The little pricks show us how strongly the time series that we observe is related to itself over time. To do this, we make use of the autocorrelation from one month to the next. The correlation between the number of bankruptcy applications in the last available month and the previous month is shown at Lag = 1. In our example, it is around -0.38 and is also significant - because the prick is outside the gray 95% confidence interval. Cool graphics, huh?

But what do we do with it: we tell our ARIMA model that at least the first three periods in their correlation are significantly different from zero and ask them to take this into account.

What's the point? We need this information to estimate an ARIMA model using tools like Python, R or Stata. We help these tools to price in the dependencies over time - and if we do that, we can make forecast statements. It looks like this, for example:

This graph shows a scatter plot of the bankruptcy applications actually incurred over time. These are the green dots. The line, however, is our prediction model. Of course, that's far from perfect. But it's not really bad either. We hit some points quite well. We have also taken the liberty of simply updating the forecast. We think it looks "halfway natural". While that is by no means a reason that fewer than 1,000 bankruptcy filings were actually recorded in mid-2018, it gives us a rough feeling of where we are headed.

When can ARIMA be used?

The problem also lies in the simple application of the ARIMA model - and this becomes clear when we pretend that we had carried out the same forecast in September 2007 and were now comparing our forecast with reality:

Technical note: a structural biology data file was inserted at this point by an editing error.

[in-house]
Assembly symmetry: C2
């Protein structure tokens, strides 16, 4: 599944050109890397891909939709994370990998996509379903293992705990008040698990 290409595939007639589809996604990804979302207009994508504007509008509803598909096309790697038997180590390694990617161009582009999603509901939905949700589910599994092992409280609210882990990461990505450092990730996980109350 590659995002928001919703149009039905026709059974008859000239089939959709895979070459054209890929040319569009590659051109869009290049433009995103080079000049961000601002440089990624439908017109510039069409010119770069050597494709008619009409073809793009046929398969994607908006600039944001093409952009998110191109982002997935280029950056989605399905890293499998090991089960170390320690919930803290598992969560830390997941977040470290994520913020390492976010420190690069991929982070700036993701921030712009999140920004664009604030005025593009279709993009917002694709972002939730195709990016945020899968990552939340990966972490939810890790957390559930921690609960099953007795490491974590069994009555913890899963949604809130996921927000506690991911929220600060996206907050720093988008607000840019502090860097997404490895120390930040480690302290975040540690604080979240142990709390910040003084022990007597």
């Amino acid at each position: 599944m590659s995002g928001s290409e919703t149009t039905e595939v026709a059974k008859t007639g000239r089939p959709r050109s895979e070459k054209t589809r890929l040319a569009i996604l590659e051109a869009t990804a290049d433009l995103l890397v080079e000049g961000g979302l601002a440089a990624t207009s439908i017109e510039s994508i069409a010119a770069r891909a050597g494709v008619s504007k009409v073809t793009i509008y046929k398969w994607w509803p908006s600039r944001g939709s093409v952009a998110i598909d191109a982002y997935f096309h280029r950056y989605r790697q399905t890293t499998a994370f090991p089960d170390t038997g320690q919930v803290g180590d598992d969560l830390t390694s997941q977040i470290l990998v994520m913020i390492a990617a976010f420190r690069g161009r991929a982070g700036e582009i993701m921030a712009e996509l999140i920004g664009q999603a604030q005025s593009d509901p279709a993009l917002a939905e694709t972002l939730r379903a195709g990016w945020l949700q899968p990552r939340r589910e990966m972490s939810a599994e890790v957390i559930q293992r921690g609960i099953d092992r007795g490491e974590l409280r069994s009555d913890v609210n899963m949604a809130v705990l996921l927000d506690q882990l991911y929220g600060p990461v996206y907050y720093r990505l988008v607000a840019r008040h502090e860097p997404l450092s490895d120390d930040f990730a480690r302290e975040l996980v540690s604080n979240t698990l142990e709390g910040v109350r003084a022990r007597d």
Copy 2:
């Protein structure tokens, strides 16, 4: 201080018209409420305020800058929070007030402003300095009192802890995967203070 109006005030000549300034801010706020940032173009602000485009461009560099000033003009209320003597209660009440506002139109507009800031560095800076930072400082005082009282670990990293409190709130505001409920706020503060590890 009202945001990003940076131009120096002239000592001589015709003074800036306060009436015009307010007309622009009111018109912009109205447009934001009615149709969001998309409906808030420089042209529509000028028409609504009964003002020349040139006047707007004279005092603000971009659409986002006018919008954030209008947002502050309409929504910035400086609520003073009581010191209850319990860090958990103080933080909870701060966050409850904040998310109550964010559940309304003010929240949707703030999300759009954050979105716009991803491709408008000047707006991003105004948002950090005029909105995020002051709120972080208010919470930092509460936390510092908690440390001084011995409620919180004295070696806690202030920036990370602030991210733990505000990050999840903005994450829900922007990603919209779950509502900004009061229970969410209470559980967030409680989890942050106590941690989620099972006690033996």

Well, shit happens. The financial crisis has thrown our bill ... and, of course, our forecast no longer looks right. With all the charm that ARIMA brings with it, there is still the risk that we will completely lose sight of underlying processes. ARIMA forecasts are therefore particularly useful when

  1. the underlying and determining motives can be well understood and explained - this is often the case with production data, for example.
  2. if seasonality and trend can be substantiated in terms of content. For this you need a lot of data points / periods - from 50 it is usually possible. Everything over 100 is better. In most cases, however, you should always use two to three forecast methods and think carefully about why there are differences.

Do you already have an idea where you could examine time series in your company? Please let us know. We always look forward to feedback!